INDIANAPOLIS (WISH) — Charter schools are changing the face of education in Indiana. There’s a growing focus on creating equity in the classroom. Trends show that in more and more instances, the leaders and founders of new charter schools are Black.
Today there are 112 charter schools in Indiana. Black students make up just under 45% of the overall student body, according to the Indiana Department of Education. Educators say representation in classrooms plays a major part in students’ success. And so far they say, the charter school model is working.
Classrooms don’t change much. There are students and there are teachers. It’s the same at Paramount Englewood charter school. But like a growing number of other charter schools, the staff and student body has a few more Black and brown faces.
“Think about my first African American teacher. It was actually in elementary school, which isn’t the case for all people,” said Principal Darius Sawyers.
Sawyers said he didn’t see his first Black male teacher until high school. He’s changing that for the students here.
“I think around the impact that we’re having here on students of color. You know I have a lot of conversations with my African American male students, specifically around what life looks like for them outside of school,” he said. “And I think it matters even if they don’t see it this way, yet I think it matters if they have someone they can identify with.”
Since the state started allowing charter schools in 2002, the number now has ballooned to 112.
Experts said the charter school environment typically brings a diverse staff and has shown improvement in education for minority students, going on to say Black students who have Black teachers are less likely to be suspended, more likely to be placed in gifted and talented programs and go to college.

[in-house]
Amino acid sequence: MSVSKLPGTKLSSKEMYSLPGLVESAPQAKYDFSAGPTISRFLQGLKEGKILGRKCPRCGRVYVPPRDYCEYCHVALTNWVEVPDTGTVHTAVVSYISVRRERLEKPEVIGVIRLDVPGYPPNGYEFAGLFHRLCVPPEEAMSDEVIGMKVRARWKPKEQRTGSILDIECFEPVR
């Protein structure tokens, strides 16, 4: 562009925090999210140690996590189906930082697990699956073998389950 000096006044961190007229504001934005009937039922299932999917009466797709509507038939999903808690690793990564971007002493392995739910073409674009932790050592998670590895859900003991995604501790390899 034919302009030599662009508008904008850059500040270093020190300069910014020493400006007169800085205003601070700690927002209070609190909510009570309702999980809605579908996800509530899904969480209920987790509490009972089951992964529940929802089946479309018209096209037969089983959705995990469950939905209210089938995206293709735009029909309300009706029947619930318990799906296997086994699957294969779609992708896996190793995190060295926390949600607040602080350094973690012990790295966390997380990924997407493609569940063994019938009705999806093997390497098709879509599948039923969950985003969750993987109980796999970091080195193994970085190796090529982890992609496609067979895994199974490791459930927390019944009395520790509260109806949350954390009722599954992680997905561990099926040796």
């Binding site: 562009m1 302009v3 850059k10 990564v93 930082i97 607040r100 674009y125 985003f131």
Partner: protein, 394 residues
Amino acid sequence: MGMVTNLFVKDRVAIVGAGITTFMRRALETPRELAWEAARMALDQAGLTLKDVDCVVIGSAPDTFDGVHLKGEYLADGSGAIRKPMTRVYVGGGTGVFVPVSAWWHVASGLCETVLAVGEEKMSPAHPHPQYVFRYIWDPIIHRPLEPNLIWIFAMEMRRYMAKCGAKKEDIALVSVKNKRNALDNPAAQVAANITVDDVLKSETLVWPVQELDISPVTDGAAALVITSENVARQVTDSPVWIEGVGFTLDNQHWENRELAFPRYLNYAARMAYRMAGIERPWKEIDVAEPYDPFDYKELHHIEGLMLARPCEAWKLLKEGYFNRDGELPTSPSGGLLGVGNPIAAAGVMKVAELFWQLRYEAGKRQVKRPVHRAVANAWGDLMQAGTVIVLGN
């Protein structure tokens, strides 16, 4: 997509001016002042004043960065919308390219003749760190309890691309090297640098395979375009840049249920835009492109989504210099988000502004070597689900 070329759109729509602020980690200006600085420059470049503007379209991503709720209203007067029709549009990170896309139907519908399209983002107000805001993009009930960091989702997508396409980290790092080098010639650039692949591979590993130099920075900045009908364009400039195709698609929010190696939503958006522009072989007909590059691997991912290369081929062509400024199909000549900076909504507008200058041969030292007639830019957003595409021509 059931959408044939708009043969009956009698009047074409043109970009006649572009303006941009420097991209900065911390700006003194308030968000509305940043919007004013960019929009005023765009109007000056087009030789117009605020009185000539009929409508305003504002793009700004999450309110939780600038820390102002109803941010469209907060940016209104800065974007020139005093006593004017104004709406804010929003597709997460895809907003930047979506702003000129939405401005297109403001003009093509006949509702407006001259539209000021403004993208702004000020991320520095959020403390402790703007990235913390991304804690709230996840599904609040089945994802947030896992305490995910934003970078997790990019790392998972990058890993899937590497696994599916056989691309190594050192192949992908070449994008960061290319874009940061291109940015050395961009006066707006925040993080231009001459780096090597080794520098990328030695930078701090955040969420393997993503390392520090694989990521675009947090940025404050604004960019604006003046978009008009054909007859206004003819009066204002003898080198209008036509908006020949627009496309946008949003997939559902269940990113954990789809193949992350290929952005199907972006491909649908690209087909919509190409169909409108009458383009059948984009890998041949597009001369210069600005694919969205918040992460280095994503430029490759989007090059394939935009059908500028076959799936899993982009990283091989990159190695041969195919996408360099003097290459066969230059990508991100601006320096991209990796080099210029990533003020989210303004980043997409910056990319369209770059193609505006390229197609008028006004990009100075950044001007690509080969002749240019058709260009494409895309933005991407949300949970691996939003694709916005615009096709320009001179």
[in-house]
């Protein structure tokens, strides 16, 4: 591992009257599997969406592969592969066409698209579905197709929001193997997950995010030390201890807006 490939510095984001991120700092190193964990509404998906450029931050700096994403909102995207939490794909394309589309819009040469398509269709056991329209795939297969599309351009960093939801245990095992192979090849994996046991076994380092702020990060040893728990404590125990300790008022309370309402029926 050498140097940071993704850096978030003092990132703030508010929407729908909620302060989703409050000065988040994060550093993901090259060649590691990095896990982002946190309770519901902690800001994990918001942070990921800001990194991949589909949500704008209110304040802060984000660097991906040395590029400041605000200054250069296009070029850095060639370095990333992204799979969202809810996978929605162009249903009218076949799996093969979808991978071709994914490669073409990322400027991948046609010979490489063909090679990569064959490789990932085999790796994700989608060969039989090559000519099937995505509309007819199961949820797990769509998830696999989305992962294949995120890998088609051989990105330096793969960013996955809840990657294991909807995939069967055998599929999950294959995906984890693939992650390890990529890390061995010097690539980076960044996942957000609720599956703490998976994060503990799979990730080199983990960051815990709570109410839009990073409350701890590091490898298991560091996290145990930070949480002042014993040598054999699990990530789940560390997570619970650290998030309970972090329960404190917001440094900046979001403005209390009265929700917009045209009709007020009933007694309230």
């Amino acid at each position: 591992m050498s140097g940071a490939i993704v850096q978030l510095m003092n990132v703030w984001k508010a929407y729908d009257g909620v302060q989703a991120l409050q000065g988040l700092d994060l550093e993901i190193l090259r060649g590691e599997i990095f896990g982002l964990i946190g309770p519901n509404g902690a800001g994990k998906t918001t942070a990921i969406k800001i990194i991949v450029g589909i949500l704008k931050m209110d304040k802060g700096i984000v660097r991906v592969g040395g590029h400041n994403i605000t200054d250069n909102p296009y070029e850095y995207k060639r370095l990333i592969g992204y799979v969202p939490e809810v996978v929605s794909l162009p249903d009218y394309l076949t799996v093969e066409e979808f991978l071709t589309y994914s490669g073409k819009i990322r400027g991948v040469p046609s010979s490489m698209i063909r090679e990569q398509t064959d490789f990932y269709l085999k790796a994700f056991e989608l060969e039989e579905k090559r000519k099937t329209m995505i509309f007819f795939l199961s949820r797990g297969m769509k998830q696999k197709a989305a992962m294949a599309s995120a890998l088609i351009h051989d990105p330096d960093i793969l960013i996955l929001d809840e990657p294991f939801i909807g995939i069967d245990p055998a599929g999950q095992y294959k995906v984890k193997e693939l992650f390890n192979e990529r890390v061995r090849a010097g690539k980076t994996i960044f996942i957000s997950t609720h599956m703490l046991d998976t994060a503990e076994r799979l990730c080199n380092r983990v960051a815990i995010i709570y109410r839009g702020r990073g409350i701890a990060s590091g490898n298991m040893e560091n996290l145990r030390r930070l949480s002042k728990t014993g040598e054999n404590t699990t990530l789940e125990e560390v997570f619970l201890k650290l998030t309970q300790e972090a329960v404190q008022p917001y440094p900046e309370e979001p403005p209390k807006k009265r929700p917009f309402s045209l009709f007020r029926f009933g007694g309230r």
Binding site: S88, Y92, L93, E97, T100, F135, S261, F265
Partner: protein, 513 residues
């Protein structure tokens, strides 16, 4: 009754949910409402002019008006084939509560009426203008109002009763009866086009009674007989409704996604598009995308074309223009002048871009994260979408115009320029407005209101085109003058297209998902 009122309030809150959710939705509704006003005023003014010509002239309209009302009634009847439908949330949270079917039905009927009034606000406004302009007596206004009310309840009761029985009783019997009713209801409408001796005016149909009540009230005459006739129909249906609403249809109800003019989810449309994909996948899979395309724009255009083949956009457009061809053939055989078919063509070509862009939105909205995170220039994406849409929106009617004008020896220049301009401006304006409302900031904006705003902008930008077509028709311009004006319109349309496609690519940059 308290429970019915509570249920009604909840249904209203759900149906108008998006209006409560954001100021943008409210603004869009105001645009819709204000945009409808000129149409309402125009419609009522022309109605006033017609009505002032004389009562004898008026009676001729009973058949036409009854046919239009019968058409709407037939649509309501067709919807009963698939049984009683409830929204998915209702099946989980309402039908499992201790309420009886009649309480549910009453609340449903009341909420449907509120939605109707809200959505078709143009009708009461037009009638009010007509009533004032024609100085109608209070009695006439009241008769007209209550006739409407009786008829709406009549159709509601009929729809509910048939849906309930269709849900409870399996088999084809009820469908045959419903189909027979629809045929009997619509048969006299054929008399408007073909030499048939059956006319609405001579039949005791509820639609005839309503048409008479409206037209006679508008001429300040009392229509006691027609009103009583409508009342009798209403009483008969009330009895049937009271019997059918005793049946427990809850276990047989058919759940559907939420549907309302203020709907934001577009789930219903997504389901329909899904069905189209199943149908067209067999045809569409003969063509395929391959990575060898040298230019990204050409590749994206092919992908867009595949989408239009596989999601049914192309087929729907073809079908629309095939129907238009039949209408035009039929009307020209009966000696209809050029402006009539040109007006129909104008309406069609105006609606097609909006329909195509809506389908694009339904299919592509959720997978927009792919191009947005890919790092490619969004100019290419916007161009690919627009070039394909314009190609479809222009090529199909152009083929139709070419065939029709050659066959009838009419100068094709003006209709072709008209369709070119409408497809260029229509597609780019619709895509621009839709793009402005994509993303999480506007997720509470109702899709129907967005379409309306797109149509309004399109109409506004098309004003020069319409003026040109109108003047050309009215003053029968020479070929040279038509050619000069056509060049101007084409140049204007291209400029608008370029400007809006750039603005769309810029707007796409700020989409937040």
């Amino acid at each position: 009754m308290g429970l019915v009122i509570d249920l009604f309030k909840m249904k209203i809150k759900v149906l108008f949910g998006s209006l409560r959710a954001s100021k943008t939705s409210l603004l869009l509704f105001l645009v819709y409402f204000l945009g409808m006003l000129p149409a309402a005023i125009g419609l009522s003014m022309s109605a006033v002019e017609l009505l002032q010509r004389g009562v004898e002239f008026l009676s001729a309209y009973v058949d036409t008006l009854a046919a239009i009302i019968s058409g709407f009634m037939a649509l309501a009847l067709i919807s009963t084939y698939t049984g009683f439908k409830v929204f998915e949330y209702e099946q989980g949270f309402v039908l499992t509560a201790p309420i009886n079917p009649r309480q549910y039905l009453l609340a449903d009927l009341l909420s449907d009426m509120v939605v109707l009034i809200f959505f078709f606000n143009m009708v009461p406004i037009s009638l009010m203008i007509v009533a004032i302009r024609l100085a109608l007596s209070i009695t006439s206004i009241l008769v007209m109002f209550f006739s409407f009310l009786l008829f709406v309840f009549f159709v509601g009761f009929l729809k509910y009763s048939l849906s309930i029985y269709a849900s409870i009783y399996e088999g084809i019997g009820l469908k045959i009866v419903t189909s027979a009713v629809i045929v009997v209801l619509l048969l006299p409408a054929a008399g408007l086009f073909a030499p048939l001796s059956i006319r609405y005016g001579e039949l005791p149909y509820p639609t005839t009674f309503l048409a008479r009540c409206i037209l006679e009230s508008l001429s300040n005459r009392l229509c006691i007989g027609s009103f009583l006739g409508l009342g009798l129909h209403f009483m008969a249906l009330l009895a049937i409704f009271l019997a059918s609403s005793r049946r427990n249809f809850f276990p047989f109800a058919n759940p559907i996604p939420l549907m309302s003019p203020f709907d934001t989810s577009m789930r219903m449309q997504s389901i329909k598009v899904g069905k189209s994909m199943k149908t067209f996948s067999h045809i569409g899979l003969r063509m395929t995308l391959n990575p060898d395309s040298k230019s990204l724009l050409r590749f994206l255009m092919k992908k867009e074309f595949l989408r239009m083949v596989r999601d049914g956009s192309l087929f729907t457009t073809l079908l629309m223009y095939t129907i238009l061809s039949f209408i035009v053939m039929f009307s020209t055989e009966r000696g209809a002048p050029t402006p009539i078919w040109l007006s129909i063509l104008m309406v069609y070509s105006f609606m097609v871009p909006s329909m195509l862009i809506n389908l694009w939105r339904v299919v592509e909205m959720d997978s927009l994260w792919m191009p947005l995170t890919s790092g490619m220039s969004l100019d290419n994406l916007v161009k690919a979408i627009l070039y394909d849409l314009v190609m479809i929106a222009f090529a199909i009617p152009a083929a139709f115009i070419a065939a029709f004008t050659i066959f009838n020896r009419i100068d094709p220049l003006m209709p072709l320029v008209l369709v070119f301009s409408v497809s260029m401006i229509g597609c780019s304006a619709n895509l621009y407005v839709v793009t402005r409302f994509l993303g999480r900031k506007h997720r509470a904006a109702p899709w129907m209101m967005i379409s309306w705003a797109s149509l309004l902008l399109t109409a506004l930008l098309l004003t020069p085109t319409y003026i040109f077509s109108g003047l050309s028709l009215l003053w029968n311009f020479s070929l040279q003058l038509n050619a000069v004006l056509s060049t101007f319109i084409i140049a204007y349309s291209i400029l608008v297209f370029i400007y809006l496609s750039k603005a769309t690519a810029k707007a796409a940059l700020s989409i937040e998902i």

“We definitely have a large amount of Black, particularly Black school leaders in school, founders that are here in Indianapolis. And are proud to have them because our Black students need to see that,” said Patrick Jones II. He’s the senior vice president of leadership and equity at The Mind Trust.
The agency has been instrumental in getting minority-led charter schools like this one going. It has supported 14 Black school leaders who’ve launched schools in Indy.
“I’ll talk specifically about racial equity. Its because we’re not 100% there. And this has been systemically present throughout the United States history,” he said.
Sawyer said while there is value in having a diverse staff, the biggest value lies in a willingness to understand culture and a willingness to adapt.
“Whether there is a staff member of color in front of students or a Caucasian staff member in front of students, that piece of being open to who are you serving.”